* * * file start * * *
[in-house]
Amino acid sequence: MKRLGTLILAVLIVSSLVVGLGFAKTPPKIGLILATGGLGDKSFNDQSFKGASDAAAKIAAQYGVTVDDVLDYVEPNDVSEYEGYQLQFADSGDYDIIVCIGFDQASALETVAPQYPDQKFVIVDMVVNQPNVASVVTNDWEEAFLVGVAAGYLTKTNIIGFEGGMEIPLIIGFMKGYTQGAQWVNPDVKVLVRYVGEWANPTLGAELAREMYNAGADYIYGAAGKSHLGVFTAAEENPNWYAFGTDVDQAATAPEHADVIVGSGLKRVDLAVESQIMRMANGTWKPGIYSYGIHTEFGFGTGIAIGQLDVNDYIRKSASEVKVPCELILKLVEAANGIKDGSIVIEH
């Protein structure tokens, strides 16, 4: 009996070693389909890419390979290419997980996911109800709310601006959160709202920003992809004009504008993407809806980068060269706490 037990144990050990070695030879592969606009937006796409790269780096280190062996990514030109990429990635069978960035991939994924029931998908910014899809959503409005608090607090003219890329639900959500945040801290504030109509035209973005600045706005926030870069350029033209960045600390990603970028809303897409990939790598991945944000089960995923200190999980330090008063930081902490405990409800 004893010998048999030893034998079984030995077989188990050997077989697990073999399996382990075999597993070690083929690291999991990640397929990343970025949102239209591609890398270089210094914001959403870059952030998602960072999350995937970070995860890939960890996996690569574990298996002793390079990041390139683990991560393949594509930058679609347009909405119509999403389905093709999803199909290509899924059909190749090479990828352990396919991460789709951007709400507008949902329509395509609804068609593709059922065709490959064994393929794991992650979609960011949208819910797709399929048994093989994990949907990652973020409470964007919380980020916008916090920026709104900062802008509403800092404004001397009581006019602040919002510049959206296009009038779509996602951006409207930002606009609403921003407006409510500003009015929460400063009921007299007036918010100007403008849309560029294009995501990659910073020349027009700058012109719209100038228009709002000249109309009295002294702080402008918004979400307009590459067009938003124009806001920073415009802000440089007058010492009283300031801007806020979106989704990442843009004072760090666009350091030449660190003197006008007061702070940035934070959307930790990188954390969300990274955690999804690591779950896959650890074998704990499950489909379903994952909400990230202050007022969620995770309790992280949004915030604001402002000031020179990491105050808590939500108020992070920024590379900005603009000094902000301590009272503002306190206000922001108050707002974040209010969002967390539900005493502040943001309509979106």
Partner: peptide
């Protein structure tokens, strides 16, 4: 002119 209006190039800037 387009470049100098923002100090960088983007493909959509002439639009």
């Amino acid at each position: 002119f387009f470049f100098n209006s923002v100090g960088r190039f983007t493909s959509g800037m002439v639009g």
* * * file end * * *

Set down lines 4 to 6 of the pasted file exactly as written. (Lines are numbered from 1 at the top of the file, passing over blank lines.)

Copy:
Partner: peptide
């Protein structure tokens, strides 16, 4: 002119 209006190039800037 387009470049100098923002100090960088983007493909959509002439639009």
């Amino acid at each position: 002119f387009f470049f100098n209006s923002v100090g960088r190039f983007t493909s959509g800037m002439v639009g």